Galactic Haze and Bubbles
The Universe runs hot and cold. Sometimes hot things become cold, sometimes cold things heat up. Comparing cold and hot images of the entire sky shows where these changes occur, and gives scientists a much more complete view of the natural processes occurring throughout the Universe. The image above is a multi-color view of the Universe obtained by combining data from two all-sky surveyors, ESA's Planck mission, and NASA's Fermi mission. Both missions keep a watchful eye on the sky: Planck observes the entire sky in the low-energy microwave band, while Fermi observes in the high energy Gamma-ray regime. Planck is designed to determine emission from some of the coldest spots in the Universe, primarily the relic cold radiation left behind by the Big Bang, but also nearby sources in our own Milky Way. Fermi hunts for emission from exploding stars, black holes and other powerful objects and events. The image above is a combined all-sky image of the Planck data (in red and yellow) and the Fermi data (in blue). This image emphasizes a "microwave haze" seen by Planck which permeates the Milky Way, and which apparently is associated with the Gamma-ray bubbles seen by Fermi above and below the central Galactic plane. This Galactic haze seen by Planck has some unusual properties, leading scientists to suggest that enhanced supernova rates, galactic winds or even annihilation of dark-matter particles might be required to explain it.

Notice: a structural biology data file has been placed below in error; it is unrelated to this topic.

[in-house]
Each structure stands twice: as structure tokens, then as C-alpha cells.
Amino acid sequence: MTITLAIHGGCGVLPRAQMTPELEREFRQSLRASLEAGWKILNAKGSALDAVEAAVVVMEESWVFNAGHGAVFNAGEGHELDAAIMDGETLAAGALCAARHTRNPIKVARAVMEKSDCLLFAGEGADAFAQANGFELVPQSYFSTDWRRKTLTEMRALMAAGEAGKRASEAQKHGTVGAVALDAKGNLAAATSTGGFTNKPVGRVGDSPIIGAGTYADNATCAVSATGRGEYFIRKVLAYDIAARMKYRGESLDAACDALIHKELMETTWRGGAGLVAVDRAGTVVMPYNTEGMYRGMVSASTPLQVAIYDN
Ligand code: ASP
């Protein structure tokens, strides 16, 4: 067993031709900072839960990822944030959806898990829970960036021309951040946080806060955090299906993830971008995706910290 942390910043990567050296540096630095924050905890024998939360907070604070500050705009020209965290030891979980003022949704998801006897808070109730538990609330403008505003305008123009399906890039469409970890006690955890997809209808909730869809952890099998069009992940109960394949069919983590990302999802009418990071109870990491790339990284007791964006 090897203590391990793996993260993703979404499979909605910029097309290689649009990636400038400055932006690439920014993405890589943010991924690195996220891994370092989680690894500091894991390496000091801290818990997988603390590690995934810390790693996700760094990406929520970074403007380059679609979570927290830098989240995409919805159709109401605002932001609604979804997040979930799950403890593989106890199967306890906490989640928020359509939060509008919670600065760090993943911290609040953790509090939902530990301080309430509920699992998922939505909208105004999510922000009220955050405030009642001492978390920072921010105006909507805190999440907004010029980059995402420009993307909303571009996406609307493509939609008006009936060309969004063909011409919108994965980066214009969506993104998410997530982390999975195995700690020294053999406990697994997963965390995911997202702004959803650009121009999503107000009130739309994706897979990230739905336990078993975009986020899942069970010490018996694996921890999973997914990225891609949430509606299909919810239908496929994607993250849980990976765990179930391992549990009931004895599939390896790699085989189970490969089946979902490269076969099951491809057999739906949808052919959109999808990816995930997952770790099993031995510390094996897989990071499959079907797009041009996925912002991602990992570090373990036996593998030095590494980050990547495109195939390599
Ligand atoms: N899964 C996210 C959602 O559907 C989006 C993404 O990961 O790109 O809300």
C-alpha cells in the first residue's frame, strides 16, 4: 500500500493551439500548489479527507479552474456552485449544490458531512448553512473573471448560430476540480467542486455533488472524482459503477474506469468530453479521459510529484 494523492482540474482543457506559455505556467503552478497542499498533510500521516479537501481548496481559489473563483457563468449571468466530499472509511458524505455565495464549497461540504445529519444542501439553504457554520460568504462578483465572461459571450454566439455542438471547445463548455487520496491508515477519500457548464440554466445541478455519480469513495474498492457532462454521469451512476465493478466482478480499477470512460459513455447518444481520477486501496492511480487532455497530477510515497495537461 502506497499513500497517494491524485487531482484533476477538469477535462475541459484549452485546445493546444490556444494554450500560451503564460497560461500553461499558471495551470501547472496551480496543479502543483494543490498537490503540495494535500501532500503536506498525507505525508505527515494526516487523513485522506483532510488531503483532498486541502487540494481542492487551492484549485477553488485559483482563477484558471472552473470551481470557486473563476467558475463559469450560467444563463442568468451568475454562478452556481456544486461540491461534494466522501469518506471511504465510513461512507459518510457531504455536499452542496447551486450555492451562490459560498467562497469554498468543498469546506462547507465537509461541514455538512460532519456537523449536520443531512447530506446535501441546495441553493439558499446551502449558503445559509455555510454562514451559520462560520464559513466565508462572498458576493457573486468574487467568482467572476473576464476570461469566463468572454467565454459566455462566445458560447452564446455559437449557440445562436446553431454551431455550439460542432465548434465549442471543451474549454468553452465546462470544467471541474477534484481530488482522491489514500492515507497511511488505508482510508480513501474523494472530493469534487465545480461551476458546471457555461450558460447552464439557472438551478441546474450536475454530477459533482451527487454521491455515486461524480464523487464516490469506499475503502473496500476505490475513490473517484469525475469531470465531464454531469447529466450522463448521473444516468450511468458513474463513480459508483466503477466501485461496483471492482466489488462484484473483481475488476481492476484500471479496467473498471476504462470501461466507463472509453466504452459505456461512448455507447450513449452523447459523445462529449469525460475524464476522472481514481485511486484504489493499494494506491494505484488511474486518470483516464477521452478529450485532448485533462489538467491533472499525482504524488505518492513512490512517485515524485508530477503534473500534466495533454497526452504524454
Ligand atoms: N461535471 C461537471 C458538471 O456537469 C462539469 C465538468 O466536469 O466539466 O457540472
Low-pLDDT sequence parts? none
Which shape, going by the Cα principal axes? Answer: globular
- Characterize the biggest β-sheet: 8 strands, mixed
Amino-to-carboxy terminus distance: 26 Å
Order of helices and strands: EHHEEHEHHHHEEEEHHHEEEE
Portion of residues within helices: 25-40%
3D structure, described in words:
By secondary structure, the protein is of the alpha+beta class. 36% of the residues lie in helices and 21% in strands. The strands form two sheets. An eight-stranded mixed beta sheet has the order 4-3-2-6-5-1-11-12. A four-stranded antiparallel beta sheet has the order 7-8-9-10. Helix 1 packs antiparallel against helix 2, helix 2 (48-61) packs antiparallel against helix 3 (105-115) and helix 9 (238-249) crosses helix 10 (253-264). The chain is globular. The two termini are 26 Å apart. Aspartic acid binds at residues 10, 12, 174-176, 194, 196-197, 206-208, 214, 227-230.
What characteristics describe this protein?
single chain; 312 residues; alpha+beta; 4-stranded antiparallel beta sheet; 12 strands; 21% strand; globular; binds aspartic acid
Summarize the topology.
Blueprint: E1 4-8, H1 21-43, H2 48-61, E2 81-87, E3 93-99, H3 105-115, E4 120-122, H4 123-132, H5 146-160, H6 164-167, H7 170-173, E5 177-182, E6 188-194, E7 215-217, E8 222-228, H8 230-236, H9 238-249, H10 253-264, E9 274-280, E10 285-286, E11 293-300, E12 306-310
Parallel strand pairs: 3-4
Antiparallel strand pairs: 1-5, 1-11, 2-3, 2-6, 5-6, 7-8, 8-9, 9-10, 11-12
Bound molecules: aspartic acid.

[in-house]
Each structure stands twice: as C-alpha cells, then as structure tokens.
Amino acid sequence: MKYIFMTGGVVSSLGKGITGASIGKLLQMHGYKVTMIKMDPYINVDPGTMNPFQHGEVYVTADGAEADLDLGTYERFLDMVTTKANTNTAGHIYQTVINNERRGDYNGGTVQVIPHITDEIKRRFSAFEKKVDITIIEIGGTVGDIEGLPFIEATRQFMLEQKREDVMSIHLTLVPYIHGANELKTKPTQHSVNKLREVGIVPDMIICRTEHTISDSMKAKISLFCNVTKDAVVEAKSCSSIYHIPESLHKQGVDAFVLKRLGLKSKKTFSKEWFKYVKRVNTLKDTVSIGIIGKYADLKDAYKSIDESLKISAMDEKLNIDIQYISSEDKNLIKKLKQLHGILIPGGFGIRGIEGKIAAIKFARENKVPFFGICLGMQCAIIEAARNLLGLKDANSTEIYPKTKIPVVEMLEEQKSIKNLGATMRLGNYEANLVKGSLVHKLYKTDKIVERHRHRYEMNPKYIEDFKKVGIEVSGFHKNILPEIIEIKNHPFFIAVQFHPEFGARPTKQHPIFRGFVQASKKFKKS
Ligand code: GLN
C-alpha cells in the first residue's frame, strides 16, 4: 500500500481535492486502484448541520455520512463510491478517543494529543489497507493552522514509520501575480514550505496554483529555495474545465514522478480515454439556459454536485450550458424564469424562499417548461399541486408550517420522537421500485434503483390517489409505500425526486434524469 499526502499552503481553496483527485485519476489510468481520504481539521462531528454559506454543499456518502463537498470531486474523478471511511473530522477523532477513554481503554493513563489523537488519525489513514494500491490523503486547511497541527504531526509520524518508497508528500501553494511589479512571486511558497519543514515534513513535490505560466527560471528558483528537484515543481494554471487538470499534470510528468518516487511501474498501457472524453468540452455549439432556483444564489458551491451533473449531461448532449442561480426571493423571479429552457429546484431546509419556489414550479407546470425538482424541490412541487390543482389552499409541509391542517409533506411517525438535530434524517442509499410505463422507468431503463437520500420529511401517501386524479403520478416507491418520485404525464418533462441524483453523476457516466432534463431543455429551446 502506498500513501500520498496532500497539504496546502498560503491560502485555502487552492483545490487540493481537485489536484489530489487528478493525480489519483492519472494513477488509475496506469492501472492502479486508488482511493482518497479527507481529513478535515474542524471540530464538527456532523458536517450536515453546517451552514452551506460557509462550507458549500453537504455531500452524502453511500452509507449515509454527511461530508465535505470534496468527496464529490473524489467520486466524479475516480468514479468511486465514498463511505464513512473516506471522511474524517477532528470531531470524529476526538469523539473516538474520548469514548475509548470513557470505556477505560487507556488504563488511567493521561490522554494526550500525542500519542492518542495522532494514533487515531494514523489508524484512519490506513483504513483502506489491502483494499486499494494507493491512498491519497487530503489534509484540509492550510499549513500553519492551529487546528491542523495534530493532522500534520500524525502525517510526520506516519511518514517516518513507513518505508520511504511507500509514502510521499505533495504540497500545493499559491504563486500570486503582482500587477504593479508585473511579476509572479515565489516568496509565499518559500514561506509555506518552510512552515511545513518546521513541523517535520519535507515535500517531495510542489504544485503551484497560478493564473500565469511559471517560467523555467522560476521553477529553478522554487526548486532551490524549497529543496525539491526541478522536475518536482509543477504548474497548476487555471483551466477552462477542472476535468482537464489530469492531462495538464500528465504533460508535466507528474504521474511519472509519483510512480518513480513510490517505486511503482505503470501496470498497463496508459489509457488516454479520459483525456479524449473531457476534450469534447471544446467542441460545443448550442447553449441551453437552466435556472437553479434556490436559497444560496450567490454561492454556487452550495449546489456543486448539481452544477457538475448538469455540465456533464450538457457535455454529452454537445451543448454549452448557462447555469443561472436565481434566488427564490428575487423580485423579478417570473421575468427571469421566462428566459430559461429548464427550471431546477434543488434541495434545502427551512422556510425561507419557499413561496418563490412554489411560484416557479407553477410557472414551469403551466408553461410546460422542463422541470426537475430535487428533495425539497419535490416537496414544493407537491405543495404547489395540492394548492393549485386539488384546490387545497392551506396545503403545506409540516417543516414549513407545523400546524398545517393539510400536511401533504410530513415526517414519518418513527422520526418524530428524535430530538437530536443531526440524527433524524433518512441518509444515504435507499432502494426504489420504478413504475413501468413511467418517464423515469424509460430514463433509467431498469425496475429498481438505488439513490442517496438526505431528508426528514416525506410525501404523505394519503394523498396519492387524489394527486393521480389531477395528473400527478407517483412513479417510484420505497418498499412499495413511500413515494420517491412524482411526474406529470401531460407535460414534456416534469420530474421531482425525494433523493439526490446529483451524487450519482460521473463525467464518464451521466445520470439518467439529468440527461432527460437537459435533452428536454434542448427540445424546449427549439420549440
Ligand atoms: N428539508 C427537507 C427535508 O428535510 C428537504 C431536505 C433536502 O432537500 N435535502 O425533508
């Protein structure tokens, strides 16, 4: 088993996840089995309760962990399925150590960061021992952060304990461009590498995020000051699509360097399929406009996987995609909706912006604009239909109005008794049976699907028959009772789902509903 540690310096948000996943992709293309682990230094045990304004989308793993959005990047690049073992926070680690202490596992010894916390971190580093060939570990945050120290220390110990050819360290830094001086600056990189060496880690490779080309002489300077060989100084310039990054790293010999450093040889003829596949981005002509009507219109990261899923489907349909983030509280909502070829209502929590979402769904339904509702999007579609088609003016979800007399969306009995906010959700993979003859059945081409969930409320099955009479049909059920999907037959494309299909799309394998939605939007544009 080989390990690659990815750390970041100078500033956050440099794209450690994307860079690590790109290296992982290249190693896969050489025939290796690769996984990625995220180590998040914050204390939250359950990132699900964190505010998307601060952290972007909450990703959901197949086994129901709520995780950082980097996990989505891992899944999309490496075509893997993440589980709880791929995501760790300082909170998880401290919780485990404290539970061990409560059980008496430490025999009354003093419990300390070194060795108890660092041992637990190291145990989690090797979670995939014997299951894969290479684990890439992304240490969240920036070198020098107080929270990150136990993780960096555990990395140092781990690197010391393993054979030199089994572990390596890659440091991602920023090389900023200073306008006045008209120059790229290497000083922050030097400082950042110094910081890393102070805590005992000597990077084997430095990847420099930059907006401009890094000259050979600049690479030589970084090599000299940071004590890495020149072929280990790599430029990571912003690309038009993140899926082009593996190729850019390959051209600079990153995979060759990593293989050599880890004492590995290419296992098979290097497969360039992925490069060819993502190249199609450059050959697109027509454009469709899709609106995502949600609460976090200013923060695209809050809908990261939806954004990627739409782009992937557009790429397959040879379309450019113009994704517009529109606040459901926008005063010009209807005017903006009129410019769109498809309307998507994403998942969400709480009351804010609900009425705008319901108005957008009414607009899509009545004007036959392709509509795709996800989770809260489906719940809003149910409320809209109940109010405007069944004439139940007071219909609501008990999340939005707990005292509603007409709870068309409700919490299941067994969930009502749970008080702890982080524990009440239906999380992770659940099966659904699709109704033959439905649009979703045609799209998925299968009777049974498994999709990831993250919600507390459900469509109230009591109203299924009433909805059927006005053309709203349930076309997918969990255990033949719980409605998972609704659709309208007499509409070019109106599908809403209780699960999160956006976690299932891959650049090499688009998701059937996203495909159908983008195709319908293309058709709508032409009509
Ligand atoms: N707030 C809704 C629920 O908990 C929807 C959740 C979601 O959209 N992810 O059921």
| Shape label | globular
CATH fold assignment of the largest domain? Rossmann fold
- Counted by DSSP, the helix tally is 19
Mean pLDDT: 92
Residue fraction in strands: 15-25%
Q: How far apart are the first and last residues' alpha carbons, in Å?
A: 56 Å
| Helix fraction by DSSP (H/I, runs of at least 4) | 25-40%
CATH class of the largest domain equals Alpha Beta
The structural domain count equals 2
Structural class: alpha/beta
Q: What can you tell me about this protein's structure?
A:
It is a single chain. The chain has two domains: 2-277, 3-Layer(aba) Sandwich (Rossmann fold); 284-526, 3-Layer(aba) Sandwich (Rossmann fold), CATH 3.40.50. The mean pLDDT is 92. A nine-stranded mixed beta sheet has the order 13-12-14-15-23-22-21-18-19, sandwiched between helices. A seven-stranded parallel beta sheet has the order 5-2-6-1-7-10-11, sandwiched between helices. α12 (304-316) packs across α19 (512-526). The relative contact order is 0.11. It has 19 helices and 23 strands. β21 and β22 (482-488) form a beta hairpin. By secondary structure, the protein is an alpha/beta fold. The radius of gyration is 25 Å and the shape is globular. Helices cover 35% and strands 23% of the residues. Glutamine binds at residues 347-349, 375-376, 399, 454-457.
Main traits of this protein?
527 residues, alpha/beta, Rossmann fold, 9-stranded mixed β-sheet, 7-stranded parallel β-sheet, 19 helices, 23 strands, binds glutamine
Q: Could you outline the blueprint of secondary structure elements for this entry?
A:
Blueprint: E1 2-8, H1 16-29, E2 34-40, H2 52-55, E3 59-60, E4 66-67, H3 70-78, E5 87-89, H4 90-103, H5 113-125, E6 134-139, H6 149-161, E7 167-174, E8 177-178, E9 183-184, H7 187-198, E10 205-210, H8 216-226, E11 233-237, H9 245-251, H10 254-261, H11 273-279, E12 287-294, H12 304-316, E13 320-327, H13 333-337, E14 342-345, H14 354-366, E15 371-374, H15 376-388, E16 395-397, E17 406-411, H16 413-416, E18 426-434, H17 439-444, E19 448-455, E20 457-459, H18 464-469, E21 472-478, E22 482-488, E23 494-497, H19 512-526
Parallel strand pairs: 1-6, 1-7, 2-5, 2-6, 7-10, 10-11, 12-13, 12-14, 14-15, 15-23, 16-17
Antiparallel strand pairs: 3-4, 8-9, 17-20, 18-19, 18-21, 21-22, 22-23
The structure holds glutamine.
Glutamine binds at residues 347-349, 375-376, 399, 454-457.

Image credits: ESA/Planck Collaboration (microwave); NASA/DOE/Fermi LAT/Dobler et al./Su et al. (gamma rays)
Image Source: http://www.nasa.gov/mission_pages/planck/multimedia/pia15229.html